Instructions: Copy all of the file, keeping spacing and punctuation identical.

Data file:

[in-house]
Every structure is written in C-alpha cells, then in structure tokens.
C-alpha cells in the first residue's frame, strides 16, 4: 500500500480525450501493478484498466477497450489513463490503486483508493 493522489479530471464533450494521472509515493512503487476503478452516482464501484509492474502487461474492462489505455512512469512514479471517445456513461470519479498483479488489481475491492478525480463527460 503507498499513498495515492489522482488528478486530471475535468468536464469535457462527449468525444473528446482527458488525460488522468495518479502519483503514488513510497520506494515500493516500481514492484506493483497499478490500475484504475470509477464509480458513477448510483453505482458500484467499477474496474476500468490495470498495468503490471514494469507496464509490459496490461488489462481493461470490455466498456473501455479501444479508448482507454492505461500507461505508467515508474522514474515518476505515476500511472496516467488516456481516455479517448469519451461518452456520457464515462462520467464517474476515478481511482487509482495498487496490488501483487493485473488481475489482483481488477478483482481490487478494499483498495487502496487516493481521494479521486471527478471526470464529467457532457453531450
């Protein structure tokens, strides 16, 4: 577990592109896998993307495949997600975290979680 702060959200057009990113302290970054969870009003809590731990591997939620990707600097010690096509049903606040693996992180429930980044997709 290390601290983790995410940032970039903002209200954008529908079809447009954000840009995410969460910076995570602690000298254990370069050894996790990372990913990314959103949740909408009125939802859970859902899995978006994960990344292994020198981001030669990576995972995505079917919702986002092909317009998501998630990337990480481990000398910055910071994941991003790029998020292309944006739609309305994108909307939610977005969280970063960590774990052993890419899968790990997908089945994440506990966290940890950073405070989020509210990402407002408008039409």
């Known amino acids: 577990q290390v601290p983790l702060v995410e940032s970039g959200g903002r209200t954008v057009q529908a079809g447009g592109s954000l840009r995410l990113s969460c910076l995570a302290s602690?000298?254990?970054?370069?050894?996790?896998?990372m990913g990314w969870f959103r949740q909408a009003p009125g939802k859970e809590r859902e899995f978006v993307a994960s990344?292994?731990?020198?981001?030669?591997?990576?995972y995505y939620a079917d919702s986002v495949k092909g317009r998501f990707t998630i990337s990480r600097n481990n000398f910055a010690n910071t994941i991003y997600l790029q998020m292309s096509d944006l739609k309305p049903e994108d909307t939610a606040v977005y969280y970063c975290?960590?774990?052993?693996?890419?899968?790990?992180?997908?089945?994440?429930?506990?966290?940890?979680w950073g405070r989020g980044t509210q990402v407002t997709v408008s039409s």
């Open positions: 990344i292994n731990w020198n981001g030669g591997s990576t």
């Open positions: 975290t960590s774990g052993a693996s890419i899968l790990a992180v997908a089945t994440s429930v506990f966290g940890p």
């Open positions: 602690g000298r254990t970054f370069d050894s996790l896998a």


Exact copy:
[in-house]
Every structure is written in C-alpha cells, then in structure tokens.
C-alpha cells in the first residue's frame, strides 16, 4: 500500500480525450501493478484498466477497450489513463490503486483508493 493522489479530471464533450494521472509515493512503487476503478452516482464501484509492474502487461474492462489505455512512469512514479471517445456513461470519479498483479488489481475491492478525480463527460 503507498499513498495515492489522482488528478486530471475535468468536464469535457462527449468525444473528446482527458488525460488522468495518479502519483503514488513510497520506494515500493516500481514492484506493483497499478490500475484504475470509477464509480458513477448510483453505482458500484467499477474496474476500468490495470498495468503490471514494469507496464509490459496490461488489462481493461470490455466498456473501455479501444479508448482507454492505461500507461505508467515508474522514474515518476505515476500511472496516467488516456481516455479517448469519451461518452456520457464515462462520467464517474476515478481511482487509482495498487496490488501483487493485473488481475489482483481488477478483482481490487478494499483498495487502496487516493481521494479521486471527478471526470464529467457532457453531450
């Protein structure tokens, strides 16, 4: 577990592109896998993307495949997600975290979680 702060959200057009990113302290970054969870009003809590731990591997939620990707600097010690096509049903606040693996992180429930980044997709 290390601290983790995410940032970039903002209200954008529908079809447009954000840009995410969460910076995570602690000298254990370069050894996790990372990913990314959103949740909408009125939802859970859902899995978006994960990344292994020198981001030669990576995972995505079917919702986002092909317009998501998630990337990480481990000398910055910071994941991003790029998020292309944006739609309305994108909307939610977005969280970063960590774990052993890419899968790990997908089945994440506990966290940890950073405070989020509210990402407002408008039409």
């Known amino acids: 577990q290390v601290p983790l702060v995410e940032s970039g959200g903002r209200t954008v057009q529908a079809g447009g592109s954000l840009r995410l990113s969460c910076l995570a302290s602690?000298?254990?970054?370069?050894?996790?896998?990372m990913g990314w969870f959103r949740q909408a009003p009125g939802k859970e809590r859902e899995f978006v993307a994960s990344?292994?731990?020198?981001?030669?591997?990576?995972y995505y939620a079917d919702s986002v495949k092909g317009r998501f990707t998630i990337s990480r600097n481990n000398f910055a010690n910071t994941i991003y997600l790029q998020m292309s096509d944006l739609k309305p049903e994108d909307t939610a606040v977005y969280y970063c975290?960590?774990?052993?693996?890419?899968?790990?992180?997908?089945?994440?429930?506990?966290?940890?979680w950073g405070r989020g980044t509210q990402v407002t997709v408008s039409s």
């Open positions: 990344i292994n731990w020198n981001g030669g591997s990576t």
């Open positions: 975290t960590s774990g052993a693996s890419i899968l790990a992180v997908a089945t994440s429930v506990f966290g940890p």
């Open positions: 602690g000298r254990t970054f370069d050894s996790l896998a």